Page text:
ZBC: Wrong diagnosis, wrong prescription


Former ZBC CEO Happison Muchechetere

THE careworn Zimbabwe Broadcasting Corporation (ZBC) has contributed about 400 workers to the nearly 20 000 who have lost their jobs since last month’s infamous Supreme Court ruling giving employers authority to terminate worker’s employment contracts upon giving them three months’ notice.
This makes ZBC one of those companies with the highest retrenchment figures as government is fast-tracking a prompt review of the Labour Act to try and pacify disgruntled unions.
For ZBC, its spirited jump on the retrenchment bandwagon has been viewed by many as a clear testimony that the public broadcaster has completely lost the plot.
Some 282 workers got their marching orders last week, 77 more dismissal letters were dispatched to workers enjoying a weekend out: Drivers who were tasked with that delivery, it is reported, followed the workers even to the bars and churches.
The job had to be done and no letter was to return, so went the instruction.
Still many more heads are set to roll.
In justifying the action, ZBC board chairman, Gibson Munyoro, said they were getting rid of “non-essential staff” yet, sources at the broadcaster said aside from canteen and cleaning staff — which was wholly purged — the dismissal had no criteria.
“It was just random. Names were just called out and you are gone. Just like that,” said one worker who survived the chop this week.
It must be noted, beforehand, that retrenchments at the State broadcaster have been in the pipeline for close to a year now; or at least since revelations of a bloated workforce were given by international audit firm, KPMG, which was tasked by government to carry an audit of ZBC books and also advise a turnaround strategy.
In fact, ZBC’s then 1 000-strong workforce had been unsure of its future ever since former information, media and broadcasting services minister, Jonathan Moyo, told Parliament that many would be shown the door at the end of the audits.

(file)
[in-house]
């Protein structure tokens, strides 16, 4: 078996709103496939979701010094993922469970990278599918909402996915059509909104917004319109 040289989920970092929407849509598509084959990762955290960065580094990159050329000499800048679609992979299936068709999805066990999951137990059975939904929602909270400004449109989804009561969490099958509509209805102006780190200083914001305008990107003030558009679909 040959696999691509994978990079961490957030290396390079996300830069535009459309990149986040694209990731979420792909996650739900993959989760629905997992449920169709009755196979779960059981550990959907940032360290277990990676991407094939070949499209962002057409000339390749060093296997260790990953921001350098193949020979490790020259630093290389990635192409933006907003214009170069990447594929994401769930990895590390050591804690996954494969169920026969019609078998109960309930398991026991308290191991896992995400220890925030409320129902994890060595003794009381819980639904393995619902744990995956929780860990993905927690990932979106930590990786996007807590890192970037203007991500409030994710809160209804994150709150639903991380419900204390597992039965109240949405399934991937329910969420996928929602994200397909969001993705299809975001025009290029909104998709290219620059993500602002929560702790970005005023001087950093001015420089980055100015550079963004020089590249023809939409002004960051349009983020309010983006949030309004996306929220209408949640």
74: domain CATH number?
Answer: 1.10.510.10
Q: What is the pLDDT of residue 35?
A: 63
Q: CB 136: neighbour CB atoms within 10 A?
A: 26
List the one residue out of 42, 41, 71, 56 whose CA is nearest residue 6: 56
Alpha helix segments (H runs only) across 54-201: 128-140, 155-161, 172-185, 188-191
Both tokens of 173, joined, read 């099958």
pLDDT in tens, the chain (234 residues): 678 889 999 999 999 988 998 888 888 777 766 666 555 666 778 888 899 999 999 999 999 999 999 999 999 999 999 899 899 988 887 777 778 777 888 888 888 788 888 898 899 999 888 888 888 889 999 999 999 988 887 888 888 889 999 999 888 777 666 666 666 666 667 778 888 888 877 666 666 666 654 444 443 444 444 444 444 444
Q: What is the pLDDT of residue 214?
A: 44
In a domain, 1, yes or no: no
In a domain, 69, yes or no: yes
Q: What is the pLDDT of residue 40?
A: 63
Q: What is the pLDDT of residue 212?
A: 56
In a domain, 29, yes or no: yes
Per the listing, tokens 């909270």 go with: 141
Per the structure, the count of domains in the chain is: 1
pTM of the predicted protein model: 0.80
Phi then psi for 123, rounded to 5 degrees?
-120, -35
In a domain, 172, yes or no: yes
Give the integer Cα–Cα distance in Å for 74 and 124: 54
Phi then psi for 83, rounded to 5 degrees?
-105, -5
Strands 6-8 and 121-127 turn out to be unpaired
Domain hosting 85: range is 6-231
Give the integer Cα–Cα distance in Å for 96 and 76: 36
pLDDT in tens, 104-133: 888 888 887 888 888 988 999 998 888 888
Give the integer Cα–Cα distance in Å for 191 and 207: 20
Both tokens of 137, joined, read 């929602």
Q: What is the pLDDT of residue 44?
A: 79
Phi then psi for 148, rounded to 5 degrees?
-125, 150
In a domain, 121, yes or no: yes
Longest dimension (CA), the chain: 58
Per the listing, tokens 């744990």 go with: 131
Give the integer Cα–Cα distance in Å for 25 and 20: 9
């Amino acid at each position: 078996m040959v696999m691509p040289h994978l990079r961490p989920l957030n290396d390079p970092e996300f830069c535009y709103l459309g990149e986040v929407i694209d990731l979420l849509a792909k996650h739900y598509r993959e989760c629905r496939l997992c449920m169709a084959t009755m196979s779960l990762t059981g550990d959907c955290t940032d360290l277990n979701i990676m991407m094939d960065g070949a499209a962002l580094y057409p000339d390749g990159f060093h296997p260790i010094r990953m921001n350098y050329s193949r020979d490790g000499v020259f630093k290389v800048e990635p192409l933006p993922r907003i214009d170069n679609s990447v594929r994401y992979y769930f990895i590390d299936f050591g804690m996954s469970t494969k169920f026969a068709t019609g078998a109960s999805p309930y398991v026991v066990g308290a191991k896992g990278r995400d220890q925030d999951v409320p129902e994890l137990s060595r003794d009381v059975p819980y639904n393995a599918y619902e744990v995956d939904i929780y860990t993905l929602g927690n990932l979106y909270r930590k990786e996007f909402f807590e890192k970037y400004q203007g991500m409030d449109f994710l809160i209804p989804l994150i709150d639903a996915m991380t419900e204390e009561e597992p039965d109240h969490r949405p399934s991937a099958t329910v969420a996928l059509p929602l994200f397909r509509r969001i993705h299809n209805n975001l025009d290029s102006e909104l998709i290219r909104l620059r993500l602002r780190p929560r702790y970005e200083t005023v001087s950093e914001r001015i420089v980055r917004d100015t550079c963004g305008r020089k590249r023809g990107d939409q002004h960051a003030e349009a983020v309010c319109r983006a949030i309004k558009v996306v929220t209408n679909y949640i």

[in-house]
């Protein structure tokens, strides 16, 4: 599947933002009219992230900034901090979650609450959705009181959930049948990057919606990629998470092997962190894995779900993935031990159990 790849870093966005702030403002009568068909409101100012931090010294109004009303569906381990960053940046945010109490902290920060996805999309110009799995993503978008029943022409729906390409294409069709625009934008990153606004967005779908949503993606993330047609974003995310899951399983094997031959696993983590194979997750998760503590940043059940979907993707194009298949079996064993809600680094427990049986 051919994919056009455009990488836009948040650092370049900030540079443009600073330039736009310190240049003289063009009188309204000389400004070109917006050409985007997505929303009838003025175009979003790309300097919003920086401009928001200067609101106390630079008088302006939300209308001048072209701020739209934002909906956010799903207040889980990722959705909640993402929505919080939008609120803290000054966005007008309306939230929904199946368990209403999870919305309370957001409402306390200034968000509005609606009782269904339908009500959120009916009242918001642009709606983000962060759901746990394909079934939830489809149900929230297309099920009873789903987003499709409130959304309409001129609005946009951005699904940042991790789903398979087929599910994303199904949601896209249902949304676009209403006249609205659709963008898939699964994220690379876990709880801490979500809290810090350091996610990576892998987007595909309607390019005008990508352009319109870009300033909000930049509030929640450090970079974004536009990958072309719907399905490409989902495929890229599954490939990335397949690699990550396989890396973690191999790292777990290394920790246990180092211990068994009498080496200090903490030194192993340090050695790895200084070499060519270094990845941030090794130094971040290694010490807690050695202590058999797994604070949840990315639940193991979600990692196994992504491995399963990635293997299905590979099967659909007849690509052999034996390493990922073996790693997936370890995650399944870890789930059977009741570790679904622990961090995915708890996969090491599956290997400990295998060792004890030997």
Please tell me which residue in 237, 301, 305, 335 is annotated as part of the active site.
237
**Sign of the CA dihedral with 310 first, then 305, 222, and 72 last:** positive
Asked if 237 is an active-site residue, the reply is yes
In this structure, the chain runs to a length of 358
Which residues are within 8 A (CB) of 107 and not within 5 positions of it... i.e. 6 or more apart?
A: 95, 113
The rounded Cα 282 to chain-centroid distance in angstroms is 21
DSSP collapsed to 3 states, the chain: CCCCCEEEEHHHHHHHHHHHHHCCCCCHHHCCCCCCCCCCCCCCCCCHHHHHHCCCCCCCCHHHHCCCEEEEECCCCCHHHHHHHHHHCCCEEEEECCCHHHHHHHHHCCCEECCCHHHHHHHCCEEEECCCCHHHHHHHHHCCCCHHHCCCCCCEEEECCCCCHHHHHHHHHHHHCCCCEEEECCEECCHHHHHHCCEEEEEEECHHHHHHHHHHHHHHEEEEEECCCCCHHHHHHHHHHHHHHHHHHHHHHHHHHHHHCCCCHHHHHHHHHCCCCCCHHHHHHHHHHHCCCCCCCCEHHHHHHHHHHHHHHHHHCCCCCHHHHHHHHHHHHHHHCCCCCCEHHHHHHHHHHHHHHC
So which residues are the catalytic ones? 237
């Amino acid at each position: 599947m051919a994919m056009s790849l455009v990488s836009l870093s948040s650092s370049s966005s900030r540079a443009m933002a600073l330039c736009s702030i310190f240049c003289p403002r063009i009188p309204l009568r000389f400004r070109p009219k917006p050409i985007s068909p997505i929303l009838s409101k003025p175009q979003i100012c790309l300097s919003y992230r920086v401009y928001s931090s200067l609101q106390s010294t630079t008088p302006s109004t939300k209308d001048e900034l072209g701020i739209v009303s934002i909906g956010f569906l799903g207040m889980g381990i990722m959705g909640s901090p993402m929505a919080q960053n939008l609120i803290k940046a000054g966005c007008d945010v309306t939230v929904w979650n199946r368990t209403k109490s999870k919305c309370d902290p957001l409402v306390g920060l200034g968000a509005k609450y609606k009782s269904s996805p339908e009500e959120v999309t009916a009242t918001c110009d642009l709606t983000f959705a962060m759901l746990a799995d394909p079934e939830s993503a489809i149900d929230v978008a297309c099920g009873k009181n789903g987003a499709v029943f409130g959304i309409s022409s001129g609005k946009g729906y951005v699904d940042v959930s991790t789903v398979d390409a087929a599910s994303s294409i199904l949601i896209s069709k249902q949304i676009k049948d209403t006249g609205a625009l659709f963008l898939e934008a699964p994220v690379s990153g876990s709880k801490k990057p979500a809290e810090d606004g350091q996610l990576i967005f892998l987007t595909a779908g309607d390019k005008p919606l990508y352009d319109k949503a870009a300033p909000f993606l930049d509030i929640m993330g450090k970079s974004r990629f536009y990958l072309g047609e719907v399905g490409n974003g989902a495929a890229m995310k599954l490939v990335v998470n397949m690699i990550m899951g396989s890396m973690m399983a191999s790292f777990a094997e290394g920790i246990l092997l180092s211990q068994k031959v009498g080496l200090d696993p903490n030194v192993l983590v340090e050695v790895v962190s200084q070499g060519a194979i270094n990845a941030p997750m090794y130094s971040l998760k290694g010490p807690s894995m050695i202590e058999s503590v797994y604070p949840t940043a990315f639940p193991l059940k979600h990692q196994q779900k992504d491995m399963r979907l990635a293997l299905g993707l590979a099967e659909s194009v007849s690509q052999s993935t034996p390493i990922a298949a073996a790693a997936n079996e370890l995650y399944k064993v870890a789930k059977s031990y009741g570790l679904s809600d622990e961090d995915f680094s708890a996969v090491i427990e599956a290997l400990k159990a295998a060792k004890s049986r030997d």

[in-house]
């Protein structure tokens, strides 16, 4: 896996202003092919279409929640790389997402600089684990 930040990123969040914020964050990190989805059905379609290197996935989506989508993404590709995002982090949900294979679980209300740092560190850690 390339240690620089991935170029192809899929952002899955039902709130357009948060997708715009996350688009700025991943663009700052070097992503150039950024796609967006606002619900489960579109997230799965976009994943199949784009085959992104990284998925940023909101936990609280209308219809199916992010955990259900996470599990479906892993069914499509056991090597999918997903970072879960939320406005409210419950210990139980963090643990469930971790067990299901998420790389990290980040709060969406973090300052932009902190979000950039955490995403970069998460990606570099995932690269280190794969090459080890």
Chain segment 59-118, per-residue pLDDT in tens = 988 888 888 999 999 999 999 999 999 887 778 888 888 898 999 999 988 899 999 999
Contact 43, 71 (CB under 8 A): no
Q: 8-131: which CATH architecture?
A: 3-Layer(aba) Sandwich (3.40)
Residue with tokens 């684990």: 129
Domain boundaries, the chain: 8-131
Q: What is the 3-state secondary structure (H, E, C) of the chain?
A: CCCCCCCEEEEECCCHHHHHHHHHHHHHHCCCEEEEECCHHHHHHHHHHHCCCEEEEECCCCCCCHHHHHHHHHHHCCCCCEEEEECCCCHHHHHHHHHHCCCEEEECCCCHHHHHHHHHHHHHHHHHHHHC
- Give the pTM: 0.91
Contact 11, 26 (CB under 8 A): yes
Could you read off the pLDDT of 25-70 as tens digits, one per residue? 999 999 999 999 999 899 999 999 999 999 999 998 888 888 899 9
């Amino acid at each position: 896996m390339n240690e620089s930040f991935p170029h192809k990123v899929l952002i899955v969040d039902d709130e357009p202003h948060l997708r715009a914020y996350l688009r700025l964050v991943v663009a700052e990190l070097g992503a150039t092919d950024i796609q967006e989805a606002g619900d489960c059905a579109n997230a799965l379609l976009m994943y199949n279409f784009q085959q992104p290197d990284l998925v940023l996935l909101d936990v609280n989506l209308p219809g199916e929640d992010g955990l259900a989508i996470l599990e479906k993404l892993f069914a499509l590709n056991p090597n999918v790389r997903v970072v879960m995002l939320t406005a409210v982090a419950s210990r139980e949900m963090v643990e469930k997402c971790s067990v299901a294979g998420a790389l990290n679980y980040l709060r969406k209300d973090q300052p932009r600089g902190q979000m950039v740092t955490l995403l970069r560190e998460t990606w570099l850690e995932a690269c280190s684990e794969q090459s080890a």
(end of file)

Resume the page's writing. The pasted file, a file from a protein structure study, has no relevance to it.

What raises eyebrows is the haphazard manner in which the current retrenchment exercise was undertaken, which clearly is against the recommendations of the KPMG audit report.
KPMG observed in its report that there was a nagging, redundant and taxing staff compliment at ZBC, which, without any proper skills, spent precious working hours perambulating its corridors and hallways.
That compliment was untouchable and, according to the former minister Moyo, it enjoyed the lion’s share of the payroll.
“There are a lot of people at ZBC who should not be there for different reasons and the result is that they are rewarded more than the others for the simple reason that they should not be there,” Moyo told Parliament then.
Departed and current workers blame the previous board and management for staffing the broadcaster with their relatives and friends who hardly ever worked.
Others, they said, had no clear job descriptions.
But when time came for the chop, information gathered by the Financial Gazette suggests that the KPMG report was thrown away and the public broadcaster resorted to a “random rapid fire” approach to things.
There are indications that the majority of the fired employees were those with the requisite qualifications and skills for their jobs, which naturally means those accused of securing jobs through the backdoor have remained, which then leads one to question whether this move was at all motivated by the desire to turnaround the dwindling fortunes of the broadcaster, or not.